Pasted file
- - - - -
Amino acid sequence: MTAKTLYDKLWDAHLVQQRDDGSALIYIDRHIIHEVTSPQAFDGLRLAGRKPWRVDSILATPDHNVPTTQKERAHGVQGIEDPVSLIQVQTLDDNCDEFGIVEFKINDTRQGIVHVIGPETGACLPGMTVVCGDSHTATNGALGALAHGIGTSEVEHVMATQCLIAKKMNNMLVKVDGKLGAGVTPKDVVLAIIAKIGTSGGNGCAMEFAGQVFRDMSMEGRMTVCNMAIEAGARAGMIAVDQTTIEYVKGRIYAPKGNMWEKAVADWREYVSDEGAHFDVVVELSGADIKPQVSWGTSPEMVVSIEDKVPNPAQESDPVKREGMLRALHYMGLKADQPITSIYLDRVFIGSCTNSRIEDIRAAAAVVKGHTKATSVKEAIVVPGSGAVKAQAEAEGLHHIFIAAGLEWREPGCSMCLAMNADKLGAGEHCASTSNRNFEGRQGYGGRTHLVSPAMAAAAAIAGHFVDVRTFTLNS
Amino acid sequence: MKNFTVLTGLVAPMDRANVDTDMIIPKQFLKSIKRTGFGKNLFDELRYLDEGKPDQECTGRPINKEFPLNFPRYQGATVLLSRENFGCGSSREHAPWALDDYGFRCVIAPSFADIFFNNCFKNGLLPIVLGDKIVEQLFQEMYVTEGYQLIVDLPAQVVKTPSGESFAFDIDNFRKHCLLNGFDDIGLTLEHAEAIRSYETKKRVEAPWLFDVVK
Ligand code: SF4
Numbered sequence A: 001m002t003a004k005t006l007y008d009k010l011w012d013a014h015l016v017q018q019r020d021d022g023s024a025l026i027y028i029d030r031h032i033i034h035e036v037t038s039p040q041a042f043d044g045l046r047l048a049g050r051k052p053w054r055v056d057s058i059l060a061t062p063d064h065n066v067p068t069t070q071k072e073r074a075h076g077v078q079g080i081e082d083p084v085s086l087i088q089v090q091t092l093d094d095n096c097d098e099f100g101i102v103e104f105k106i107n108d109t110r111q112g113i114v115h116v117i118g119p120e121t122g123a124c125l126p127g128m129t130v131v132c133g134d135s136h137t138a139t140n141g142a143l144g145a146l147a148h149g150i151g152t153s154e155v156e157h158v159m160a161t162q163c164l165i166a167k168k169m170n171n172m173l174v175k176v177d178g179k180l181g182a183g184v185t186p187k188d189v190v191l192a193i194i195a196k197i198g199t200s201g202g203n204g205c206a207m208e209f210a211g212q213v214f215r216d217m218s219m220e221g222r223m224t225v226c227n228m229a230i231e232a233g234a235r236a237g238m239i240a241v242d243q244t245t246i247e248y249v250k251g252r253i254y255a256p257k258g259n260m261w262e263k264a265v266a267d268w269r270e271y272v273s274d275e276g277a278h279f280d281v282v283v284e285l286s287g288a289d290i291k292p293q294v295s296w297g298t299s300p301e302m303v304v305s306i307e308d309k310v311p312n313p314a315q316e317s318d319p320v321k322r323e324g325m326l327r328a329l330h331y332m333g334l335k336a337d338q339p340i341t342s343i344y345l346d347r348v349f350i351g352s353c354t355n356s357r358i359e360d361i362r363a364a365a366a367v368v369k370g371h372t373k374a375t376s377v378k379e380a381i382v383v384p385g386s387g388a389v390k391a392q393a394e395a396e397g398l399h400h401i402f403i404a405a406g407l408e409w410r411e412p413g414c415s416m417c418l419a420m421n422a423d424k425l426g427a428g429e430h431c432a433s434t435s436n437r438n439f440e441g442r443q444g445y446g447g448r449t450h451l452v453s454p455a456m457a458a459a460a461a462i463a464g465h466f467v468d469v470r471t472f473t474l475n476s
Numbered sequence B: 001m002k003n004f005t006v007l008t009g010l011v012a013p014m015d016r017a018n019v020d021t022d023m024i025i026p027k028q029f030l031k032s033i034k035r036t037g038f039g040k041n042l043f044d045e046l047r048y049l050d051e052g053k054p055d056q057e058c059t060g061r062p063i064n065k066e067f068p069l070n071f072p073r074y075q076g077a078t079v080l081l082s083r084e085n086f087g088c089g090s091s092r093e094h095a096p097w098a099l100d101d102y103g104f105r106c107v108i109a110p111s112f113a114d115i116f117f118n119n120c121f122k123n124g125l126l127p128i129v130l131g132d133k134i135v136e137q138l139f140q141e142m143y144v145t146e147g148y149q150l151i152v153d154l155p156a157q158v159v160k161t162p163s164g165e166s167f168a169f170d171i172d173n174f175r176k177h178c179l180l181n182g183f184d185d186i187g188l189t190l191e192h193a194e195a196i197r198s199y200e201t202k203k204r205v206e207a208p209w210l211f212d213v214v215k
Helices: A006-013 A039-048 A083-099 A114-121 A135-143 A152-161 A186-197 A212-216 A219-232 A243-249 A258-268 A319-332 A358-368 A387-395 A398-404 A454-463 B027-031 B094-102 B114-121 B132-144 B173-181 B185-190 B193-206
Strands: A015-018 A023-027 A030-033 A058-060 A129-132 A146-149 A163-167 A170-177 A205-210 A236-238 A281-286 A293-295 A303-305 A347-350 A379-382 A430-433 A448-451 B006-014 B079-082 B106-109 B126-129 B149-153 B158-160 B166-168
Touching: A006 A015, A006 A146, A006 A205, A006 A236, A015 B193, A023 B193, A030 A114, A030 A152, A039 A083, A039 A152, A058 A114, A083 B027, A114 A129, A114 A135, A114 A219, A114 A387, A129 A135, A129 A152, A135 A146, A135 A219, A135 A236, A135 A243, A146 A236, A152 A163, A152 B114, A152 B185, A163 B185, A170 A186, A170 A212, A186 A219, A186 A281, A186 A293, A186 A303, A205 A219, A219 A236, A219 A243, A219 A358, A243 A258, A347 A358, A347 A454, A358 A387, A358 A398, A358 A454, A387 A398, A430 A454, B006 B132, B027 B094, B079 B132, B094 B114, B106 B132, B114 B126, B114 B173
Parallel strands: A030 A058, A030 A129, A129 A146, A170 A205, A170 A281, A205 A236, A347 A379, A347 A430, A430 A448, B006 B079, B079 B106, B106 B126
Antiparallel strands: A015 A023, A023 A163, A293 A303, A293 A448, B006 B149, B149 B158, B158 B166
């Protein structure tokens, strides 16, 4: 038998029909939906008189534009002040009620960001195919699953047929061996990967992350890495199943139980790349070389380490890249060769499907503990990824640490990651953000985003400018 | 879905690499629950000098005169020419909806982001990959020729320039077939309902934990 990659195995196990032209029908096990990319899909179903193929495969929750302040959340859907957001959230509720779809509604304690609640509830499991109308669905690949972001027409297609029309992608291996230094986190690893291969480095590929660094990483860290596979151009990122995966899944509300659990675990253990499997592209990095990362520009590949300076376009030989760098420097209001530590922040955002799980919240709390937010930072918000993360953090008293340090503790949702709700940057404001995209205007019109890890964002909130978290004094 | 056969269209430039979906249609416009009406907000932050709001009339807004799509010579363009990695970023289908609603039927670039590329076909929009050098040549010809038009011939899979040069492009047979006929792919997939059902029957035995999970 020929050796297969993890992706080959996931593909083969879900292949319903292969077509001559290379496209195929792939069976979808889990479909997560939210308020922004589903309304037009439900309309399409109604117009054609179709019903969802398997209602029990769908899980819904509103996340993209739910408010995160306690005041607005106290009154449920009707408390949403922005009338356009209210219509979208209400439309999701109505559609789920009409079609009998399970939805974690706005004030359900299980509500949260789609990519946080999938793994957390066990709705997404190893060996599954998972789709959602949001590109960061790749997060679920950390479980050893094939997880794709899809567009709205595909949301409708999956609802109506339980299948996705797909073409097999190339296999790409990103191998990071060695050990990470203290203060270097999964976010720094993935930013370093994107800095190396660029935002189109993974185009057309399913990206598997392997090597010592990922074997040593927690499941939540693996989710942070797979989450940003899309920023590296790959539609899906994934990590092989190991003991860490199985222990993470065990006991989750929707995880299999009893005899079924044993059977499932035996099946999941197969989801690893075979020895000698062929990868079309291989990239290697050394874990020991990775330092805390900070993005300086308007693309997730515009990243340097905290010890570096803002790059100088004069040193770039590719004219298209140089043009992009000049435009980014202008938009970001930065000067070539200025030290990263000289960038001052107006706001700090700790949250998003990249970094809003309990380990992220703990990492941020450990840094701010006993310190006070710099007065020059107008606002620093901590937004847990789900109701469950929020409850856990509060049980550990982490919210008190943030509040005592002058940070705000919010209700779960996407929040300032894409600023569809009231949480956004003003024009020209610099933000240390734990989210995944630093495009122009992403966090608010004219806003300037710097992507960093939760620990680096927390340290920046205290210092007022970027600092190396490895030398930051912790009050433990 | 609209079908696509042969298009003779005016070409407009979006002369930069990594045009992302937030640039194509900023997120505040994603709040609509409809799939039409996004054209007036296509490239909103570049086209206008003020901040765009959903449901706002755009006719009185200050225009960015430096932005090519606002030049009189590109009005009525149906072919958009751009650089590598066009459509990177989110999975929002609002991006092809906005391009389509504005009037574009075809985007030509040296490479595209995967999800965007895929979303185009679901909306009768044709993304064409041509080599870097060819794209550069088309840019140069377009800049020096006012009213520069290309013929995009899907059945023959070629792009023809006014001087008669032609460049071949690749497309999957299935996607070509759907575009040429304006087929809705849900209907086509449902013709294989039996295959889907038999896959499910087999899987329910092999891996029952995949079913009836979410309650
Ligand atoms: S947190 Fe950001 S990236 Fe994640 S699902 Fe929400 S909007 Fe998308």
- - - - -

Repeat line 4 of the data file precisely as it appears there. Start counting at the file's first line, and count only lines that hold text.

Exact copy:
Numbered sequence A: 001m002t003a004k005t006l007y008d009k010l011w012d013a014h015l016v017q018q019r020d021d022g023s024a025l026i027y028i029d030r031h032i033i034h035e036v037t038s039p040q041a042f043d044g045l046r047l048a049g050r051k052p053w054r055v056d057s058i059l060a061t062p063d064h065n066v067p068t069t070q071k072e073r074a075h076g077v078q079g080i081e082d083p084v085s086l087i088q089v090q091t092l093d094d095n096c097d098e099f100g101i102v103e104f105k106i107n108d109t110r111q112g113i114v115h116v117i118g119p120e121t122g123a124c125l126p127g128m129t130v131v132c133g134d135s136h137t138a139t140n141g142a143l144g145a146l147a148h149g150i151g152t153s154e155v156e157h158v159m160a161t162q163c164l165i166a167k168k169m170n171n172m173l174v175k176v177d178g179k180l181g182a183g184v185t186p187k188d189v190v191l192a193i194i195a196k197i198g199t200s201g202g203n204g205c206a207m208e209f210a211g212q213v214f215r216d217m218s219m220e221g222r223m224t225v226c227n228m229a230i231e232a233g234a235r236a237g238m239i240a241v242d243q244t245t246i247e248y249v250k251g252r253i254y255a256p257k258g259n260m261w262e263k264a265v266a267d268w269r270e271y272v273s274d275e276g277a278h279f280d281v282v283v284e285l286s287g288a289d290i291k292p293q294v295s296w297g298t299s300p301e302m303v304v305s306i307e308d309k310v311p312n313p314a315q316e317s318d319p320v321k322r323e324g325m326l327r328a329l330h331y332m333g334l335k336a337d338q339p340i341t342s343i344y345l346d347r348v349f350i351g352s353c354t355n356s357r358i359e360d361i362r363a364a365a366a367v368v369k370g371h372t373k374a375t376s377v378k379e380a381i382v383v384p385g386s387g388a389v390k391a392q393a394e395a396e397g398l399h400h401i402f403i404a405a406g407l408e409w410r411e412p413g414c415s416m417c418l419a420m421n422a423d424k425l426g427a428g429e430h431c432a433s434t435s436n437r438n439f440e441g442r443q444g445y446g447g448r449t450h451l452v453s454p455a456m457a458a459a460a461a462i463a464g465h466f467v468d469v470r471t472f473t474l475n476s